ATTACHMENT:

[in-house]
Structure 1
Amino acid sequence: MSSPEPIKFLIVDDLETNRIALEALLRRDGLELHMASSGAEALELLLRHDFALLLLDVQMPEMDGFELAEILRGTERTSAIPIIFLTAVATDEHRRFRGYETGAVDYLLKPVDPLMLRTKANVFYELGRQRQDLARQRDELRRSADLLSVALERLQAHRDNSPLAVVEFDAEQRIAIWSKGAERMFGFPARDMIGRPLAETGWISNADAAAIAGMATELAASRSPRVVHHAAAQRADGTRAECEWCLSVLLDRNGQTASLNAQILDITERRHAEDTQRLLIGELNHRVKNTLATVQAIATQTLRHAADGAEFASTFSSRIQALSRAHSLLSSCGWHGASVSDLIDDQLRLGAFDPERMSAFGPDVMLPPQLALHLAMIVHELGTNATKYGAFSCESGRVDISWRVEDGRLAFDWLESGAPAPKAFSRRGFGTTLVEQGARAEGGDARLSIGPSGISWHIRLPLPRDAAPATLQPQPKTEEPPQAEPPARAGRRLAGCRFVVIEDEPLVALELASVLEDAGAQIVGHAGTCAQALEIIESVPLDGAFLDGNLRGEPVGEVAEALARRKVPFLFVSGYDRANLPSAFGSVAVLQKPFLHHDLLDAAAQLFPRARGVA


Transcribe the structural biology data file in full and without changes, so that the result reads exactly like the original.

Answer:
[in-house]
Structure 1
Amino acid sequence: MSSPEPIKFLIVDDLETNRIALEALLRRDGLELHMASSGAEALELLLRHDFALLLLDVQMPEMDGFELAEILRGTERTSAIPIIFLTAVATDEHRRFRGYETGAVDYLLKPVDPLMLRTKANVFYELGRQRQDLARQRDELRRSADLLSVALERLQAHRDNSPLAVVEFDAEQRIAIWSKGAERMFGFPARDMIGRPLAETGWISNADAAAIAGMATELAASRSPRVVHHAAAQRADGTRAECEWCLSVLLDRNGQTASLNAQILDITERRHAEDTQRLLIGELNHRVKNTLATVQAIATQTLRHAADGAEFASTFSSRIQALSRAHSLLSSCGWHGASVSDLIDDQLRLGAFDPERMSAFGPDVMLPPQLALHLAMIVHELGTNATKYGAFSCESGRVDISWRVEDGRLAFDWLESGAPAPKAFSRRGFGTTLVEQGARAEGGDARLSIGPSGISWHIRLPLPRDAAPATLQPQPKTEEPPQAEPPARAGRRLAGCRFVVIEDEPLVALELASVLEDAGAQIVGHAGTCAQALEIIESVPLDGAFLDGNLRGEPVGEVAEALARRKVPFLFVSGYDRANLPSAFGSVAVLQKPFLHHDLLDAAAQLFPRARGVA